Estate valuation is the process of calculating the value of a gross estate for federal estate tax purposes. The gross estate refers to the value of its assets and properties before taxes and debts are deducted. This includes both properties that are wholly owned by the decedent, and those properties in which decedents had partial equity interests in it.
In this article we will discuss about the methods and steps of valuing an Estate.
Methods to calculate Estate Value
There are two methods of valuing the estate.
Date of Death – This method is used when you are valuing the estate of someone who has died.
Alternate Valuation – This method is used when your valuation date is six months after the date of death as the date of calculation. The “Alternate Valuation” date value is the fair market value of all assets included in the decedent’s gross estate.
Under the Internal Revenue Code, the personal representative is allowed to choose whether to use the date of death values or the alternate valuation date values.
Steps of valuing an Estate
- Calculate the value of all real property as of the date of calculation – Real property is real estate owned by the decedent, and includes home, business, or rental property. The IRS, require real property values to be determined by a licensed appraiser.
- Any outstanding mortgage on the property needs to be deducted.
- If the decedent was contracted to buy real property and died before the deal was closed, that property can be included subject to the contract.
- Determine the value of financial accounts – To calculate the gross estate you need to add together the values of all the component parts. Determine the value of the financial accounts that are attributable to the estate. In some cases, the whole balance of a financial account may not be attributable to the estate. To decide what part of any financial account is attributable to the estate, following guidelines are used:
- If the account is owned individually, the whole amount should be attributed to the estate.
- If the account is owned jointly with a spouse with rights of survivorship, 50% of its value should be attributed to the estate.
- If the account is owned jointly with any party who has rights of survivorship, other than a spouse, entirely of its value should be attributed to the estate. This may be altered if you can prove that the other party contributed more than half of the value to the account.
- Include jointly owned property – If the decedent owned a property as a joint tenant with rights of survivorship, in most scenarios the full value of the property will be included in the estate. However, if the surviving tenant wishes to purchase the house in full, the full inclusion can be reduced by the amount he pays to the purchase the property.
- Determine the value of life insurance policies – Life insurance policies are included in the gross estate if the decedent’s estate is the beneficiary of the policy, they are also included if the beneficiary is legally obliged to use the proceeds of the policy for benefit of the estate. Regardless of who owns the policies, if they are payable to the estate they will be included. The policies are also included if the decedent possessed any “incidents of ownership” which could have been exercised at the time of death.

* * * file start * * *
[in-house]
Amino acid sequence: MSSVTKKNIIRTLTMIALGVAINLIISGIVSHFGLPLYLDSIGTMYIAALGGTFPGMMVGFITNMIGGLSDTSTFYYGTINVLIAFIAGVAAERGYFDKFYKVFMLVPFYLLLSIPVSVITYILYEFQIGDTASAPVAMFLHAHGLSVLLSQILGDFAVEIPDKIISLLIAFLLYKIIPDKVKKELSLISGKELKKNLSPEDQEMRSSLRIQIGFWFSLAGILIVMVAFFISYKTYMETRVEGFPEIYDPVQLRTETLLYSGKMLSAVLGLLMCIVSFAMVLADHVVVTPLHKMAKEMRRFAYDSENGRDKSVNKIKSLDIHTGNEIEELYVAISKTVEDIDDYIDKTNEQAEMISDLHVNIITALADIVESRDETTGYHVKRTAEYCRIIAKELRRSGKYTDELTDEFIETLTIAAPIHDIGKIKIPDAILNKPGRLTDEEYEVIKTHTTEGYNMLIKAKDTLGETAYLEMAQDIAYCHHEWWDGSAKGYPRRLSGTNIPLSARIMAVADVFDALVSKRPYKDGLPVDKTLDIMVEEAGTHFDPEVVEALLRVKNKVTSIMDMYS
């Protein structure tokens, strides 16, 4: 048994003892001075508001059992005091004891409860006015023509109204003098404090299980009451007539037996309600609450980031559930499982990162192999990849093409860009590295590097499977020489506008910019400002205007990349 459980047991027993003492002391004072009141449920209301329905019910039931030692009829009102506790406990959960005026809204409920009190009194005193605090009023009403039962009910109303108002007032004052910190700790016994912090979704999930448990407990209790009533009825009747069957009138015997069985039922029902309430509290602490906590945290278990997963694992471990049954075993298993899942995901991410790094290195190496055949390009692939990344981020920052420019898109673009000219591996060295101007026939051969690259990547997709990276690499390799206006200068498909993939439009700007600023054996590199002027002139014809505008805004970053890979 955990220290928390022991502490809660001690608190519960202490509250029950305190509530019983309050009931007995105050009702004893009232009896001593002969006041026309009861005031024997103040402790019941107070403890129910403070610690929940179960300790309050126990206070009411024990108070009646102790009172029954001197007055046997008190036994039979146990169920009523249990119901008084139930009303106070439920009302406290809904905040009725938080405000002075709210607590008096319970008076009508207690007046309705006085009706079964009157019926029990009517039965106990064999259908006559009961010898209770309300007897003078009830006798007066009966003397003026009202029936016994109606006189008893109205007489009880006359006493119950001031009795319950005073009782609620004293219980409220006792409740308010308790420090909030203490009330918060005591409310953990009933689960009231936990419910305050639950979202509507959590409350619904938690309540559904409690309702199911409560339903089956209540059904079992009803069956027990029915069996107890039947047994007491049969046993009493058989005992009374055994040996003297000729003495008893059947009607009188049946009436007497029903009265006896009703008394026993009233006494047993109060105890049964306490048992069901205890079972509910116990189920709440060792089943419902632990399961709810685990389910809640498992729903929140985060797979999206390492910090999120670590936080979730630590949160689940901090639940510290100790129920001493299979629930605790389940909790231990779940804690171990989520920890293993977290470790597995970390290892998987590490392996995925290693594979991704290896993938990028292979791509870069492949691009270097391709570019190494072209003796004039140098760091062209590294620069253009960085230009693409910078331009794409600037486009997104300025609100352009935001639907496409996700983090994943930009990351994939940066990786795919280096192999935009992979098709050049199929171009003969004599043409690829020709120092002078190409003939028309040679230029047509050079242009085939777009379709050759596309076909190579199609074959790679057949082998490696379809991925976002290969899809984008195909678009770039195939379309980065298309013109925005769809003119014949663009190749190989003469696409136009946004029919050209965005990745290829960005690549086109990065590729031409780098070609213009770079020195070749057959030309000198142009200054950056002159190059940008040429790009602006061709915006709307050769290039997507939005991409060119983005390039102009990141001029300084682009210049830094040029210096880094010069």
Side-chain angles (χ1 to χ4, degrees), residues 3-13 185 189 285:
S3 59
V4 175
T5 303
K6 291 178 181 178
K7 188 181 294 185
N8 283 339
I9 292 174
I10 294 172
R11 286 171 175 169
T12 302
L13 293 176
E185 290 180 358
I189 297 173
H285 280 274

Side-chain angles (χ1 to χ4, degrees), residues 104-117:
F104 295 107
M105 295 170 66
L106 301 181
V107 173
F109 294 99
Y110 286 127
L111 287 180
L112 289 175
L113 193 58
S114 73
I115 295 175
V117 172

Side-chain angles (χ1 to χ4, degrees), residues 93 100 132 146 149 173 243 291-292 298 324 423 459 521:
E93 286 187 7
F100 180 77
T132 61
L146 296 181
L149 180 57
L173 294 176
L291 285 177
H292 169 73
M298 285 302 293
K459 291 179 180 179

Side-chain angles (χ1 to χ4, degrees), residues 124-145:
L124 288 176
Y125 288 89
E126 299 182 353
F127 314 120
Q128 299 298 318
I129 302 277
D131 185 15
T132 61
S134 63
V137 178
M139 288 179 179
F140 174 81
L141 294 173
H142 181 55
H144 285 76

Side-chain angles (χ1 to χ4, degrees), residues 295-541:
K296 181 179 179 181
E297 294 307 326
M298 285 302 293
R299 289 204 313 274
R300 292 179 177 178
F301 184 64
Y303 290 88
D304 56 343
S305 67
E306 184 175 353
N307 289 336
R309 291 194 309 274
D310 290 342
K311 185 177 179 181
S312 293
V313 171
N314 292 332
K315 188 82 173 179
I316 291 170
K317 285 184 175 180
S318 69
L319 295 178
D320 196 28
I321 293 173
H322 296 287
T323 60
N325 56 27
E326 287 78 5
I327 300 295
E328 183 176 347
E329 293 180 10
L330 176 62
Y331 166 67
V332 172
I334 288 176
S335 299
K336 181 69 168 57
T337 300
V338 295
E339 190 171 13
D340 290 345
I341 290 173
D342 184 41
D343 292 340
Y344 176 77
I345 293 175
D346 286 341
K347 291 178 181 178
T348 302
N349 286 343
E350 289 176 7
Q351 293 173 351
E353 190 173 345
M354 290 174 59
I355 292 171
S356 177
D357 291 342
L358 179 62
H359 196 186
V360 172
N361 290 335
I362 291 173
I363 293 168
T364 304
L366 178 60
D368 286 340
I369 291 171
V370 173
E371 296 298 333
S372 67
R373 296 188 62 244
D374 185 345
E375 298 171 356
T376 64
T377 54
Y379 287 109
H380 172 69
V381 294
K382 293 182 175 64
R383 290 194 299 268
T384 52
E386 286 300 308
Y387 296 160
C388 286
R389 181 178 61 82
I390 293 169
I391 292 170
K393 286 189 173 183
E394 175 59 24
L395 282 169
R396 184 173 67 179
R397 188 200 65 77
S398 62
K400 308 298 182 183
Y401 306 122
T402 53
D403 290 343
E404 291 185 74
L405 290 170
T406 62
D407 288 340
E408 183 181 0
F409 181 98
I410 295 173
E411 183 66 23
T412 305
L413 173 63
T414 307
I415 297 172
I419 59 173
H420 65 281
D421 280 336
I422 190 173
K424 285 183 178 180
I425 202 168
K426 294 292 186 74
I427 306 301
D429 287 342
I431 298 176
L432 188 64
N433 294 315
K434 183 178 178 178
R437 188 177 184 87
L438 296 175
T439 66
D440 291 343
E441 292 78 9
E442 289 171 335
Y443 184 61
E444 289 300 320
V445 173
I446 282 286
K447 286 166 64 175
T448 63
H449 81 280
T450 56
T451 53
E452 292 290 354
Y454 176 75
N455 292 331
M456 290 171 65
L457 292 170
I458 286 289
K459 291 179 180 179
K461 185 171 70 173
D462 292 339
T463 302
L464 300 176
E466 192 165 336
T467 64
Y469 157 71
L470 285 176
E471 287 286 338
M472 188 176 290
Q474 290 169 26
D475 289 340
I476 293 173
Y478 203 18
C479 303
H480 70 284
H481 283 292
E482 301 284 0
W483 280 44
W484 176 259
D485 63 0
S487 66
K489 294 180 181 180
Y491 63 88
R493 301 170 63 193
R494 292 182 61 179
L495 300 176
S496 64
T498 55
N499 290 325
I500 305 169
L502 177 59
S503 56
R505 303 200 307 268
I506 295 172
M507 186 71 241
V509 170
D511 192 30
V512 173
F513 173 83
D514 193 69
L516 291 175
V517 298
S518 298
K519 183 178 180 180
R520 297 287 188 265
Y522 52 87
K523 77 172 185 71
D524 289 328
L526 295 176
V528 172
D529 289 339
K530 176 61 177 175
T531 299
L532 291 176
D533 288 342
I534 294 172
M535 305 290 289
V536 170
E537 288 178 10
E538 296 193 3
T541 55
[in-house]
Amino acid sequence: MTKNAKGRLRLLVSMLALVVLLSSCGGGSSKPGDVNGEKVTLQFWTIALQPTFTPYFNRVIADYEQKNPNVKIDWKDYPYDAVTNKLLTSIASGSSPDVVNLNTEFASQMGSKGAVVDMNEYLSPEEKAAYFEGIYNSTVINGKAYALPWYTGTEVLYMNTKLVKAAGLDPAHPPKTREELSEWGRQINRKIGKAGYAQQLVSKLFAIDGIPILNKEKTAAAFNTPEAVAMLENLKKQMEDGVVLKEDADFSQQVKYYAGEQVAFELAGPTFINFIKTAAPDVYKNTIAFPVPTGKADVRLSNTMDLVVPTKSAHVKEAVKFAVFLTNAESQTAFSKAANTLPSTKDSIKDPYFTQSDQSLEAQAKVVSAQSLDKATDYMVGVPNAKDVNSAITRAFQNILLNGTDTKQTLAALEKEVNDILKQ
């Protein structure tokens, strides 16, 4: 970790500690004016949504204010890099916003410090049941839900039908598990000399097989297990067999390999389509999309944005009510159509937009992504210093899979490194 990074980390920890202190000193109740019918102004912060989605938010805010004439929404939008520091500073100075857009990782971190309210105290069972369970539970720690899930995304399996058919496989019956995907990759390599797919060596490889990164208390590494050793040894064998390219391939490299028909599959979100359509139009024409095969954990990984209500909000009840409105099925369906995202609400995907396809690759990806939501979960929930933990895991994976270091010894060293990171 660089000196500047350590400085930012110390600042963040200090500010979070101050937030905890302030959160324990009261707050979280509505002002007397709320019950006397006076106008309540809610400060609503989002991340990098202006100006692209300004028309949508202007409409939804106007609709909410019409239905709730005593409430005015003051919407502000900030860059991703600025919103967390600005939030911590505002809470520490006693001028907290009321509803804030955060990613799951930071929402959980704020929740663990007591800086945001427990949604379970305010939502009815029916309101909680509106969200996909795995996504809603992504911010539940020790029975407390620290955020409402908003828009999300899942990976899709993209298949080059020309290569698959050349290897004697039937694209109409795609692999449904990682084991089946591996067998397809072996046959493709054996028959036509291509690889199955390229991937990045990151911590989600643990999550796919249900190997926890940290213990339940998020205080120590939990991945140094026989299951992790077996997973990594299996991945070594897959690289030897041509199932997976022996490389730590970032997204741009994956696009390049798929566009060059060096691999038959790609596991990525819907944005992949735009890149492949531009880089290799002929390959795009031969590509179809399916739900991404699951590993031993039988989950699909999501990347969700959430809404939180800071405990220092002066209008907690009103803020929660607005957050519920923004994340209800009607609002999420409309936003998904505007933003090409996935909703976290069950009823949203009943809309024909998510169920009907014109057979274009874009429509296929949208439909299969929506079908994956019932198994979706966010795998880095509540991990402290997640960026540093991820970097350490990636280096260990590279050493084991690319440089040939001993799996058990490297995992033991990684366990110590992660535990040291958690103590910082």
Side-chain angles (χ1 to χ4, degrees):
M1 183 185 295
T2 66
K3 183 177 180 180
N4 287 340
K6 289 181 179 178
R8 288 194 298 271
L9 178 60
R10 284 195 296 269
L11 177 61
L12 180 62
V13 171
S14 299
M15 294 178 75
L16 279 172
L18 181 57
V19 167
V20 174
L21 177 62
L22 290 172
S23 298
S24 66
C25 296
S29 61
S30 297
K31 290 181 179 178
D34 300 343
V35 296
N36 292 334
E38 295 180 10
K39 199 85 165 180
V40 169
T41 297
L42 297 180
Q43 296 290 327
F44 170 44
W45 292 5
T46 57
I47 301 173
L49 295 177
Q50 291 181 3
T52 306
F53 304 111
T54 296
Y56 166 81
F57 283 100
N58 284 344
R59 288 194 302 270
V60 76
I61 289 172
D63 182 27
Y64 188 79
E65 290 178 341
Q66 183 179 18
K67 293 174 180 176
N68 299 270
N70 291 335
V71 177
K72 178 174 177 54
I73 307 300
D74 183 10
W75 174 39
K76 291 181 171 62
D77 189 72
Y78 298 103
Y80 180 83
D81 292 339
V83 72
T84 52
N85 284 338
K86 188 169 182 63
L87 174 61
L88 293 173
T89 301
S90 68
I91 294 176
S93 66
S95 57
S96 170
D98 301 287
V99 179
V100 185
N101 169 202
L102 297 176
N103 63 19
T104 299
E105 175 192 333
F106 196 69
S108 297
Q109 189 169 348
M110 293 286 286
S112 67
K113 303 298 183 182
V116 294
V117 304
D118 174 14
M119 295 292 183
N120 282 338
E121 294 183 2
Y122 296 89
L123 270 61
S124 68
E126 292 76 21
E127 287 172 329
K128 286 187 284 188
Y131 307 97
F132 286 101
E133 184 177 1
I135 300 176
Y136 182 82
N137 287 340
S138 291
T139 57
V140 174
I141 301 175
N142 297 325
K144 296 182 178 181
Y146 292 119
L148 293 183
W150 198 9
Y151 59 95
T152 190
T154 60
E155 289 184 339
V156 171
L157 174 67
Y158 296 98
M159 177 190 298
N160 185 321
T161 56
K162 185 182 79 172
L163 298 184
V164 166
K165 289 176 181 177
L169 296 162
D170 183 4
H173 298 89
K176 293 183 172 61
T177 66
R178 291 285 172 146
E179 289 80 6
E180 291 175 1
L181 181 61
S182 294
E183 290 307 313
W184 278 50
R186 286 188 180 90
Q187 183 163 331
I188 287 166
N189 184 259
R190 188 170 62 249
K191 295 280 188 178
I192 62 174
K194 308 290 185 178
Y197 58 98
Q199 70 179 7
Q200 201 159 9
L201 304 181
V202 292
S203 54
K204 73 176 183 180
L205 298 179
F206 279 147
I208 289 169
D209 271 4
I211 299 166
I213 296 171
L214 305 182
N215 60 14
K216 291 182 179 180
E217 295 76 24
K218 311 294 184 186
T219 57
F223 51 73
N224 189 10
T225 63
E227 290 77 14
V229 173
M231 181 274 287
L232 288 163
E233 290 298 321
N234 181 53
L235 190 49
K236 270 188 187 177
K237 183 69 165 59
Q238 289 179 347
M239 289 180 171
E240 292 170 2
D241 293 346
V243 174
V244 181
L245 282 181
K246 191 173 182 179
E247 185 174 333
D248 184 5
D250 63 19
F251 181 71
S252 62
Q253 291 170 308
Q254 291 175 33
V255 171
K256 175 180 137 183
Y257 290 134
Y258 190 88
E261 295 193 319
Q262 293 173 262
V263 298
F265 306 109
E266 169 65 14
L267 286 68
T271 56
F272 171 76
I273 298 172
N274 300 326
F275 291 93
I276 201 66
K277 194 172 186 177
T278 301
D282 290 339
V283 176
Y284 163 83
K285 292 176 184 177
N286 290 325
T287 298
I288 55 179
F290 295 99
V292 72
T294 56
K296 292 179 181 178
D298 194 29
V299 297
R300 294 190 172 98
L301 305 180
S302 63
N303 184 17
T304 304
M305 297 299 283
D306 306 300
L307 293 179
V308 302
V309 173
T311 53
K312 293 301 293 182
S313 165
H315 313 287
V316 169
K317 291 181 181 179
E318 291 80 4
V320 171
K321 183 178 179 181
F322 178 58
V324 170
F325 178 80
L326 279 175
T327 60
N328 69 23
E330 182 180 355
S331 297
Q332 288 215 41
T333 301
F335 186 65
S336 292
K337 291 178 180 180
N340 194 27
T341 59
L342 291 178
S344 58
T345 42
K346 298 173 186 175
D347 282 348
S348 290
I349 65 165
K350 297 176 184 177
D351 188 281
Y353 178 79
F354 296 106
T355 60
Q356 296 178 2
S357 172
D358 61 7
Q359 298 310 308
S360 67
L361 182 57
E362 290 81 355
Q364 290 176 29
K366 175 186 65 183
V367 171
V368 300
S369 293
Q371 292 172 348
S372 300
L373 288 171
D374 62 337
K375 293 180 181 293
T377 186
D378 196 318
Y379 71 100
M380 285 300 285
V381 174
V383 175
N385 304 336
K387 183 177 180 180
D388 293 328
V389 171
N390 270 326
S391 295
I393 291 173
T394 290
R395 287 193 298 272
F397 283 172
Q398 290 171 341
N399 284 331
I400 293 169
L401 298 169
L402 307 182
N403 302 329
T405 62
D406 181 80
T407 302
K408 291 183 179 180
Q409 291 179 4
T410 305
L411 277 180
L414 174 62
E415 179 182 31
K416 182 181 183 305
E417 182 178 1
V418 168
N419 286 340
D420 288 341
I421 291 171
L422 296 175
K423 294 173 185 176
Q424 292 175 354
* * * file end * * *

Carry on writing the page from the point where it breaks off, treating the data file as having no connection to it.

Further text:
- In order to calculate the value of a policy for estate tax purposes, use Internal Revenue Service Form 712.
- You can use the fair market value of the policy if you are calculating the value of the estate for estimation purposes only.
- Life insurance paid to a named beneficiary (excluding estate) is not included in estate value.
- Determine the value of all other property attributable to the estate – Other than financial and property assets, many other things are included in the calculation of the value of the estate. One of the most valuable of these is likely to be any vehicles which are attributable to the estate. Often you can use the value listed in Kelly Blue Book (“the Blue Book”) for vehicles. As with other assets, that percentage of the value of the vehicle included in the estate can vary depending on joint or single ownership. This property could also include things such as household furnishings, artworks and annuities.
- Calculate all allowable deductions – These deductions include the debts owed by reason of the decedent’s death, which includes funeral expenses, as well as attorney and court fees, and any other fees associated with the administration of the estate. The deductions also include all utilities, credit card accounts, loans, mortgages, medical bills, charitable deduction and state of tax deduction, and any other accounts due or incurred before the date of death or date of calculation.
- Now, calculate the total taxable estate – You can do this by adding together the value of all assets due to the estate, and then subtracting the total allowed deduction. This can give you an approximation of the value of the estate.
A personal representative would choose the alternate valuation date values over the date of death estate valuation option, because the estate tax bill can be reduced, if one or more of the estate’s assets have lost significant value during the six months after death. However, if the alternate valuation date values are used, then all the estate’s assets must be revalued–not just those that have declined in value. If an asset is sold during the six months after the date of death, then the sales price of the asset must be used.
The chief downside in using the alternate valuation date values, is that the step-up in basis which beneficiaries receive is locked in at the lower values, which can affect their capital gains liability, should they later decide to sell their inheritances.
Author: Sandeep V. – Analyst